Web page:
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Wong ES, Maciejewski ML, Hebert PL, Batten AJ, Nelson KM, Fihn SD, Liu C. Did Massachusetts Health Reform Increase Use of the Veterans Affairs Health Care System? Poster session presented at: AcademyHealth Annual Research Meeting; 2015 Jun 15; Minneapolis, MN.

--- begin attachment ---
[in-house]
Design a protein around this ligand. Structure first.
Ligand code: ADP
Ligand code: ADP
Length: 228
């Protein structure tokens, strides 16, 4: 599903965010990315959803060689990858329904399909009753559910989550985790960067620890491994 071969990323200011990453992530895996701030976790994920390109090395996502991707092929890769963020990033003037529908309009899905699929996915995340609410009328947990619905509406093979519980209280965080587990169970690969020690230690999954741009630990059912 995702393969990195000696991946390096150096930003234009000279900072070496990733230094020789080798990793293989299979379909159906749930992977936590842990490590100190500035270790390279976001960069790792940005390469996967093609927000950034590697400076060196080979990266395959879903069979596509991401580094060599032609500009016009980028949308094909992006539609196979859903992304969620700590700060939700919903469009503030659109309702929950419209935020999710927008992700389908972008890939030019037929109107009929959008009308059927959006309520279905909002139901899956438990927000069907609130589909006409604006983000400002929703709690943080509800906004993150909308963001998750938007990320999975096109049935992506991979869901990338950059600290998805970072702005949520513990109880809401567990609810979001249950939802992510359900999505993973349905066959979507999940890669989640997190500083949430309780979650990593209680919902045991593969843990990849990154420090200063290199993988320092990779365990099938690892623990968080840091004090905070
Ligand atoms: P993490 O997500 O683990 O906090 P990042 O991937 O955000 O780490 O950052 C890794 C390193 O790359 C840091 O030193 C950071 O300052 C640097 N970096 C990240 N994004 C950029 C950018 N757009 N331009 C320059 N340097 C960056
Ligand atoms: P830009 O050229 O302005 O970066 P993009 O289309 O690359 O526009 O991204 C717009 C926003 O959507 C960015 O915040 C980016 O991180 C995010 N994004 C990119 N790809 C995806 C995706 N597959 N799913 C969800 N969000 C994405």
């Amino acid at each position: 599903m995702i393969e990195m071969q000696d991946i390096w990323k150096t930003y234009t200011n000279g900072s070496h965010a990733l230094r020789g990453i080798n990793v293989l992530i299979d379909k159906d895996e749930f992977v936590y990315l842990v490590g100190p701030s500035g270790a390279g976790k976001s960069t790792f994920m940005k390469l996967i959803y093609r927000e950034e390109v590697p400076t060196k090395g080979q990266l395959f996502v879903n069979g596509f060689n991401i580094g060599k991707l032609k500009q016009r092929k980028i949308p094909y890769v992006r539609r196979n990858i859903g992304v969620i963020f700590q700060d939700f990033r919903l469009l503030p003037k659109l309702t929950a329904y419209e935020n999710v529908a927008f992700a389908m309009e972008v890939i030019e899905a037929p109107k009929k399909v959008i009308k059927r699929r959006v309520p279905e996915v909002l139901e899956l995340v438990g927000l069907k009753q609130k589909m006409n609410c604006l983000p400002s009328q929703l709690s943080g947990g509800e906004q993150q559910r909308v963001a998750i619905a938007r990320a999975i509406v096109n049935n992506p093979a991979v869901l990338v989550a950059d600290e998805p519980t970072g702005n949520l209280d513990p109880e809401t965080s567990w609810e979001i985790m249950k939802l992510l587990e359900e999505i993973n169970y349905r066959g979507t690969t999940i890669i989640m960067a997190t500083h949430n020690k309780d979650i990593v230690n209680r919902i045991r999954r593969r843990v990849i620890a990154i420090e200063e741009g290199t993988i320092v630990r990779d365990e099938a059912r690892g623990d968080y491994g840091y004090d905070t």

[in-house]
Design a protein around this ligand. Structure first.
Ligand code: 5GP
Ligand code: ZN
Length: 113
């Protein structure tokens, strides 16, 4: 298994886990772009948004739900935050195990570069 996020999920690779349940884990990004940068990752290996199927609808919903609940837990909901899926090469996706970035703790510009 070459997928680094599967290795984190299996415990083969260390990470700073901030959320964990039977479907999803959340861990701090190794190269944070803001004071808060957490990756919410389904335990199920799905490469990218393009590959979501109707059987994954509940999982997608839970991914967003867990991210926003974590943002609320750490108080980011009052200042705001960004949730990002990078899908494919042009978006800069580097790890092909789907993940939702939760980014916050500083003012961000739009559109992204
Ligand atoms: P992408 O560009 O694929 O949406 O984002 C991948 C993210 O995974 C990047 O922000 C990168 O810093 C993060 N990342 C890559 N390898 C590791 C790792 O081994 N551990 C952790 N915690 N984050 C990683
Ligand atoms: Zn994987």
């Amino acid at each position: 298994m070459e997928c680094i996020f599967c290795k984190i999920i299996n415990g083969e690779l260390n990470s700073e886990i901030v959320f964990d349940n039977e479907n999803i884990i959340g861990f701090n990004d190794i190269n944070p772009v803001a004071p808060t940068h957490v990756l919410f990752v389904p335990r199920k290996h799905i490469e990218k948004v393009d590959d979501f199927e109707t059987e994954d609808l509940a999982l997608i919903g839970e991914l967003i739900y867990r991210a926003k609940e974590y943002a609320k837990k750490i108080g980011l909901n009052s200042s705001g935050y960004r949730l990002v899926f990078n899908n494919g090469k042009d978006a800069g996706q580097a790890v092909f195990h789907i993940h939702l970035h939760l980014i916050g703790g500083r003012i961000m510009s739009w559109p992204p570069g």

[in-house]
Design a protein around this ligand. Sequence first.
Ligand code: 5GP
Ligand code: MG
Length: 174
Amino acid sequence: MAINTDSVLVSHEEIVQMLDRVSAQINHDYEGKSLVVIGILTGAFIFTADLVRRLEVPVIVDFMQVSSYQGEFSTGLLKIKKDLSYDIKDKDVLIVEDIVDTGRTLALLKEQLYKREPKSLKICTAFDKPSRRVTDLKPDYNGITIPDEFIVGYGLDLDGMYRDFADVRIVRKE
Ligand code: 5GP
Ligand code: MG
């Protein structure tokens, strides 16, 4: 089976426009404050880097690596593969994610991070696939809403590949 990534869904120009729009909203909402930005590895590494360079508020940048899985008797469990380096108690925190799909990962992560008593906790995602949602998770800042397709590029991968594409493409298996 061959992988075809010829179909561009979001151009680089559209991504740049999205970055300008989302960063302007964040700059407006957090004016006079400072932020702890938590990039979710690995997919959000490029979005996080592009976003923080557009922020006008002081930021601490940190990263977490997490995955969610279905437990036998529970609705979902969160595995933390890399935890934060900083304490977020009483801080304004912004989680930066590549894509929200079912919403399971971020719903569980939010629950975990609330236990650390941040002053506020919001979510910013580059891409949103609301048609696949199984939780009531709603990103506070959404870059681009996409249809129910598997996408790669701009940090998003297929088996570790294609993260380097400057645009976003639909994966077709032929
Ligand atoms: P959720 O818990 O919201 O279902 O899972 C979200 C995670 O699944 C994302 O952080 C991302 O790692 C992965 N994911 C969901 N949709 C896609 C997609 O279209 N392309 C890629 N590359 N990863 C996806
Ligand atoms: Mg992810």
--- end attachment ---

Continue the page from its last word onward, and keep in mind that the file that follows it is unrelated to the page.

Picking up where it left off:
Objective: The Veterans Affairs Health Care System (VA) is the largest integrated health system in the United States. Massachusetts Health Reform (MHR), implemented in June 2006, introduced a mandate requiring minimum health insurance coverage and new health insurance options available to eligible Massachusetts residents. VA enrollment satisfied the individual mandate, however, new options under MHR, such as the Medicaid expansion, may have prompted some VA enrollees to shift care from VA to non-VA sources. This study examined whether MHR was associated with changes in veterans' use of VA primary care (PC). Study Design: Using VA administrative data, we identified all veterans residing in Massachusetts and neighboring New England (NE) states (Connecticut, Maine, New Hampshire, Rhode Island and Vermont) and were enrolled in VA at any time during the period October 2004 to September 2008. We compared quarterly rates of exit from VA, defined as absence from VA data in subsequent quarters, across groups. We measured veterans' PC use as the number of PC face-to-face visits in each quarter during the study period. Using MHR implementation as a natural experiment, we applied difference-in-difference methods to compare pre-post changes in PC use among Massachusetts and other NE veterans, respectively. We modeled PC visit counts using negative binomial regression adjusting for patient demographics, comorbidity, local economic conditions, non-VA healthcare supply and patient fixed-effects. Analyses were stratified by age group (under 65 and 65+) to account for differences due to Medicare eligibility. Population Studied: 230,811 VA enrollees residing in NE during the study period (84,859 Massachusetts; 145,952 other NE). Results: Among Massachusetts veterans, the rate of exit in a quarter increased from 1.5% pre-MHR to 2.0% post-MHR. For other NE veterans, the rate of exit increased from 1.7% pre-MHR to 1.9% post-MHR. Prior to reform, mean PC visits per patient per quarter were 0.81 and 0.76 for under age 65 Massachusetts and other NE veterans, respectively. Among age 65+ veterans prior to reform, mean PC visits per patient per quarter were 0.82 and 0.75 for Massachusetts and other NE veterans, respectively. In adjusted analyses, MHR was associated with a 0.012 (p = 0.004) and 0.007 (p = 0.022) increase in quarterly PC visits for VA enrollees under age 65 and age 65+, respectively. Among veterans continuously present in VA data through all follow-up quarters, MHR was associated with a 0.032 (p < 0.001) and 0.021 (p < 0.001) increase in quarterly PC visits for under age 65 and age 65+ enrollees, respectively. Conclusion: MHR was associated with small, but statistically significant increases in PC use. For example, among under 65 veterans, an additional 12 quarterly PC visits per 1,000 VA enrollees were attributable to MHR. The positive association was concentrated among the subpopulation of VA users who remained continuously enrolled in VA following MHR. Implications for Policy or Practice: The impact of the Affordable Care Act, which includes many components present in MHR, on veterans' future utilization of VA remain unknown. Our findings suggest some veterans may choose to seek care through non-VA options. However, among veterans who remain enrolled in VA after health reform, VA may become an increasingly important source of care.